: SDF: While at the same time you have nothing to say about impoverishment. What gives the impression that you don't care is that your ideal period of history was Victorian England
: The "free market" is not automatically going to give these millions something to trade.
But their nature as reasoning humans does. They can work and learn. It may seem terribly unfair to have to struggle to work into a position of having enough bread to live. It is 'unfair' in some ways, but that is not carte blanche to bleed those who have more.
: SDF: Maybe one of the main reasons is that if people are conditioned to believe in the "free market,"
Ive never believed in the 'conditioned masses' arguments because masses are not masses, theyre individuals and each one I meet has divergent beliefs about a given subject.
: they're likely to believe that charity is an unnecessary expense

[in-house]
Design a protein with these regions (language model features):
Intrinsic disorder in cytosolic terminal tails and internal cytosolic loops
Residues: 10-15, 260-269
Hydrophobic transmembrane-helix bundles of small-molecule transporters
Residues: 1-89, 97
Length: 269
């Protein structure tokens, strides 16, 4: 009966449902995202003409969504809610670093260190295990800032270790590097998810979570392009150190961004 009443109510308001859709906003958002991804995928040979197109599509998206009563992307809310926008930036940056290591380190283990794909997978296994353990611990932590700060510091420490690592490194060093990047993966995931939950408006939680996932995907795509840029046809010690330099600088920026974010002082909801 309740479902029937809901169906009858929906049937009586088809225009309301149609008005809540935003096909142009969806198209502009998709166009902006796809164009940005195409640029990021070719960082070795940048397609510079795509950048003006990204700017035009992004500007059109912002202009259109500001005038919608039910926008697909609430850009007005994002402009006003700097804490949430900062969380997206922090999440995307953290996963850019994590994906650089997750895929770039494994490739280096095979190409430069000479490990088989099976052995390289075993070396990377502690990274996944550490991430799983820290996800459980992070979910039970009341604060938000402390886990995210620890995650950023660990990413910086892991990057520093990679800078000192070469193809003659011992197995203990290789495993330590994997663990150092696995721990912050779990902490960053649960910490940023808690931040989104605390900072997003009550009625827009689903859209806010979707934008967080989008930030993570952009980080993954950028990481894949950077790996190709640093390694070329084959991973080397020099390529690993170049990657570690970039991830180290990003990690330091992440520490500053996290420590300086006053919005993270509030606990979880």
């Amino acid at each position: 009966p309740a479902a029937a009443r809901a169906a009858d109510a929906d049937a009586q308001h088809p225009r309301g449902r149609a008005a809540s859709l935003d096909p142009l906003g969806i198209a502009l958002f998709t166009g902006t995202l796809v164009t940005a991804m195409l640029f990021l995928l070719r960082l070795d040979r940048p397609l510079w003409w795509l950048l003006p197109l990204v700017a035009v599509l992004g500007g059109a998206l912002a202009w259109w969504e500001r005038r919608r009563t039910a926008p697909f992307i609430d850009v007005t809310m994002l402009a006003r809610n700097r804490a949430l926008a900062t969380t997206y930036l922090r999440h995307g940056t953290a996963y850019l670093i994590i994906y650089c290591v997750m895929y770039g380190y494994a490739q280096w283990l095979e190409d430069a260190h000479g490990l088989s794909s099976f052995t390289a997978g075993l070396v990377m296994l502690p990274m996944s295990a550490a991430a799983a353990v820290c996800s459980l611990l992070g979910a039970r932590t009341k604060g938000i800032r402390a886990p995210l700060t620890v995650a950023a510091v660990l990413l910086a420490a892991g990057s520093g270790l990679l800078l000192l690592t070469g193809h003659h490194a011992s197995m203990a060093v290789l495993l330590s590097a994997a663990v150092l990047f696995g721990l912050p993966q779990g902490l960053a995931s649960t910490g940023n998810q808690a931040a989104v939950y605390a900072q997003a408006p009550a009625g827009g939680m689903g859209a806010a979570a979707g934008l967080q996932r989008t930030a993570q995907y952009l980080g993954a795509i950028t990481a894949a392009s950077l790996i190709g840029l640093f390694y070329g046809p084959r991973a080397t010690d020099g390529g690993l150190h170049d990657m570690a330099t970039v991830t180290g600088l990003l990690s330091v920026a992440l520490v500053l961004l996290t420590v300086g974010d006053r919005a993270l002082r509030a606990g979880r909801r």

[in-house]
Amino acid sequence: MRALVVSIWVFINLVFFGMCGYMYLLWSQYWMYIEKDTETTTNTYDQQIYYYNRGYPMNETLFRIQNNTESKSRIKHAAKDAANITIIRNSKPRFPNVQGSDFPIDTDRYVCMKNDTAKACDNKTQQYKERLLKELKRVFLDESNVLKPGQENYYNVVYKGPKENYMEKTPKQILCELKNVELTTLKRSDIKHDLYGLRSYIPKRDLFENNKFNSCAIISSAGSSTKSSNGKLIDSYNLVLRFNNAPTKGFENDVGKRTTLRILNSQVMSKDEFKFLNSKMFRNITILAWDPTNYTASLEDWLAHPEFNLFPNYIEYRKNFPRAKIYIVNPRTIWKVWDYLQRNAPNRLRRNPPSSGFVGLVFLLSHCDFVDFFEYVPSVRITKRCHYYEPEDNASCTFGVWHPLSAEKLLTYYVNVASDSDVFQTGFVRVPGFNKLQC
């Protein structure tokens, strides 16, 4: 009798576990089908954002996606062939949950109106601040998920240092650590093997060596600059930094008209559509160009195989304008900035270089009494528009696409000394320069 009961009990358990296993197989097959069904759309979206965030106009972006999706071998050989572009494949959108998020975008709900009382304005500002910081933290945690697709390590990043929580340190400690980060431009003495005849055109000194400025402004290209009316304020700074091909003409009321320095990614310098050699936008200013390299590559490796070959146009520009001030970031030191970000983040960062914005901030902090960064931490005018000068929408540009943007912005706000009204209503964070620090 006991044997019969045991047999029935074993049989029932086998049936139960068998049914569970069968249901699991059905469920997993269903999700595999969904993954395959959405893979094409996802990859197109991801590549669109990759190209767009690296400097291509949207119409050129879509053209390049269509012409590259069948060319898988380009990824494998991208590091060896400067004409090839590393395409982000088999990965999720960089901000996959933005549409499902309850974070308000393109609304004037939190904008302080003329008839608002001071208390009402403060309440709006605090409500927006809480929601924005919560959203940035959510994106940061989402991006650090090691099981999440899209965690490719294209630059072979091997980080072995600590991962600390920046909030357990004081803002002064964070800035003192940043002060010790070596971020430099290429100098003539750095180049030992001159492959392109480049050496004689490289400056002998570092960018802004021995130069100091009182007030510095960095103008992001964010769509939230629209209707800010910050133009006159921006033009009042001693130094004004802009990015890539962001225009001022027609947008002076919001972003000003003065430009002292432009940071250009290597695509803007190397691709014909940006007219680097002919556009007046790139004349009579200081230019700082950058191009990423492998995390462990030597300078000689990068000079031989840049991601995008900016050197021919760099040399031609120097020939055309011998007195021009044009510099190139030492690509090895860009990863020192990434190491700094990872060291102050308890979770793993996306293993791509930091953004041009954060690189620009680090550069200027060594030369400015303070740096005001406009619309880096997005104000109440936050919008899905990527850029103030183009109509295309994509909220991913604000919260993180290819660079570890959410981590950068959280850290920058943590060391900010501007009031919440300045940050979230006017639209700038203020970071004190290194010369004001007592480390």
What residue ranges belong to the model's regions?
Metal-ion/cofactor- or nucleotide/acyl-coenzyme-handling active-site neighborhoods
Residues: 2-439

additional expense you might say. I think a dynamic exists where the "we'll take care of it" message given by so called nanny-state governmens leads to people thinking they have, via tax, already given more that enough.
: So have you been to the slums of Sao Paulo to help those less fortunate? My guess is that you would be overwhelmed by the chaos.
I expect I'd get lost and maybe into some dangerous situation. How would that change what I have said?
The 'practical answer' is not a dismissal out of hand, its an evaluation within the context of the the time frames and extents od damage.
: SDF: So who holds that as his "sole goal"? All I've ever been arguing is that humanity would be happier and live longer if it made a SMALLER dent upon its planet.
The extent to which the dent should be smaller is the inconclusive area.